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Teen Immigrants Show
The faces of a nation: Michael, Luincys, Anton, Fatima, and Mohammed.
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Teen Immigrants: Five American Stories

Just like in the late 19th and early 20th centuries, the United States is again experiencing great waves of immigration. How can we prepare ourselves for the changing face of America...whose population will soon be 25% Hispanic and 5% Asian? [Current stats about U.S. immigration]

The current ethnic climate in the United States has made the country less of a "melting pot" and more, as one young immigrant described, "a salad bowl with lots of little chunks". Many teens recognize a rising animosity towards immigrants, citing tensions over racial and cultural differences as a common source of violent confrontations. [Express your point-of-view on the issue] "Teen Immigrants: Five Stories" introduces you to the hearts and minds behind unfamiliar faces, helping to break down negative stereotypes, celebrate diversity, and gain tolerance and understanding across lines of color and nationality. The program portrays the variety of challenges young immigrants face, but it also emphasizes what we all have in common.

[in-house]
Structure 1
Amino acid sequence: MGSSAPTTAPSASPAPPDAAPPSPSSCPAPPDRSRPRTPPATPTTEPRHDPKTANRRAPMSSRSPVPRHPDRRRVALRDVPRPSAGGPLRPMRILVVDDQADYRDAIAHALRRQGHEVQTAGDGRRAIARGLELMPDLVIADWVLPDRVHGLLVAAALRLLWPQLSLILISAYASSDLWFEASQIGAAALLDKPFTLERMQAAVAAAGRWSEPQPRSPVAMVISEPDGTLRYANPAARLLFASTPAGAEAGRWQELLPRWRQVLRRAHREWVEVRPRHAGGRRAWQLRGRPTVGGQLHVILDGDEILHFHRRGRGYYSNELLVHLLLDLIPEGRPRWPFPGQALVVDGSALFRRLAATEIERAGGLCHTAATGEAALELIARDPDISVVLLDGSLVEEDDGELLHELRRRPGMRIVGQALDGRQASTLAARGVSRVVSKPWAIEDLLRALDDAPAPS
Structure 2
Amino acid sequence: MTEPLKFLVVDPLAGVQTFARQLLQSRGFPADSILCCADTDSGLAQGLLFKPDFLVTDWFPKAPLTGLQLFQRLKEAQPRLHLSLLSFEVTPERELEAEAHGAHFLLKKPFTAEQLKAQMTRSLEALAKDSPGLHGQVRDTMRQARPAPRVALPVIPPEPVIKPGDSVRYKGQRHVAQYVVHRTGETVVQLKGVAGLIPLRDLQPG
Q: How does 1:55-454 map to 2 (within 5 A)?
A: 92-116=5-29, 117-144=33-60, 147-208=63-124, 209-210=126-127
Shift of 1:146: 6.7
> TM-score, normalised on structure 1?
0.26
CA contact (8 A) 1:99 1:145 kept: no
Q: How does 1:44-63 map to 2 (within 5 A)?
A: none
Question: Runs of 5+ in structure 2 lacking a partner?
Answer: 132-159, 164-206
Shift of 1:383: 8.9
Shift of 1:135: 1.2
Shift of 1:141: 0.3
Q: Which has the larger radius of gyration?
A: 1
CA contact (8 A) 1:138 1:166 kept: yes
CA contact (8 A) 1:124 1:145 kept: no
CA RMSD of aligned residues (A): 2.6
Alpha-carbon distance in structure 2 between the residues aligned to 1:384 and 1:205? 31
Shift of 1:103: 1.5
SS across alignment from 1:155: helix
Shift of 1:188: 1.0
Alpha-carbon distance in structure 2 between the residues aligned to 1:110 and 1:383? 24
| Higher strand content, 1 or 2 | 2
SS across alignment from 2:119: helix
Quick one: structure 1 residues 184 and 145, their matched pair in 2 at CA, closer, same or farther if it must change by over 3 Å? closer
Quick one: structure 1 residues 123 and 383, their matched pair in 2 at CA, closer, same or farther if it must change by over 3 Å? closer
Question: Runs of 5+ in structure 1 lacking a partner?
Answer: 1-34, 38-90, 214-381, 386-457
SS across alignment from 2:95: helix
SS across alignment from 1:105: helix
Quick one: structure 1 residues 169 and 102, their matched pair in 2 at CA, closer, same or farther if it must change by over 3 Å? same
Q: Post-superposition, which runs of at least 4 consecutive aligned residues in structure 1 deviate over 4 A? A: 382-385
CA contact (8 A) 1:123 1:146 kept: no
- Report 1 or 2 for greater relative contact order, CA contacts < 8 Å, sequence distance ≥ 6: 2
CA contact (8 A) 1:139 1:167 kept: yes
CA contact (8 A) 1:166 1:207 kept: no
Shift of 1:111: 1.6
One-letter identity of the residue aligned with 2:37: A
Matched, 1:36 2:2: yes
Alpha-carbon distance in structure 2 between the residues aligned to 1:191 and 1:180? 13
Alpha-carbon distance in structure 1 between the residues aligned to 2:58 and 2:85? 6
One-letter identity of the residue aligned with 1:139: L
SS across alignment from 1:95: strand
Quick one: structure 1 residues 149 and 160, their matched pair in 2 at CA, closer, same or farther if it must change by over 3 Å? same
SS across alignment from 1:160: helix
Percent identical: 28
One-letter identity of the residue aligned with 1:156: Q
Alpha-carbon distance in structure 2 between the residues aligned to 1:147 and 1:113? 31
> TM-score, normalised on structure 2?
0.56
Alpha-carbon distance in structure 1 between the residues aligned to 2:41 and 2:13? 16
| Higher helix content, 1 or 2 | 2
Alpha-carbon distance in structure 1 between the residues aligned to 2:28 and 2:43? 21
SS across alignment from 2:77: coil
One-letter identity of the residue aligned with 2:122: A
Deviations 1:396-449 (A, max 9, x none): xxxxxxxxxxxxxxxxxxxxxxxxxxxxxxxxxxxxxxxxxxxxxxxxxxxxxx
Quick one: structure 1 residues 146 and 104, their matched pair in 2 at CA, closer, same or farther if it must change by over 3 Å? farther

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Their experiences are real, their emotions sincere. In "Teen Immigrants: Five American Stories", you'll get to know five young people seeking the "American Dream": Anton, from Russia; Luincys, from the Dominican Republic; Mohammed, from Guinea, West Africa; Fatima, of Indian descent, from Tanzania; and Michael, from China. [Cast your vote about discrimination]

As we spend time with these teens in their daily lives, they speak honestly and thoughtfully about why they emigrated to the U.S., their native countries and cultures, their impressions of America, the challenges of language, school, peers, and family...and their dreams and plans for a future in their adopted country. They also offer their intensely personal perspectives on racism against foreigners. "Terms like discrimination, prejudice, stereotype," says Luincys. "I never heard those terms in my country. I learned them here." Adds Fatima: "If a Muslim is a terrorist, it doesn't mean that we are all terrorists. That's totally wrong."

"Teen Immigrants: Five American Stories" was funded by the Corporation for Public Broadcasting. The program is regularly re-broadcast on PBS affiliates across the country. Please check our schedule and station list for airtimes. [Great resources] [Get help 24/7]

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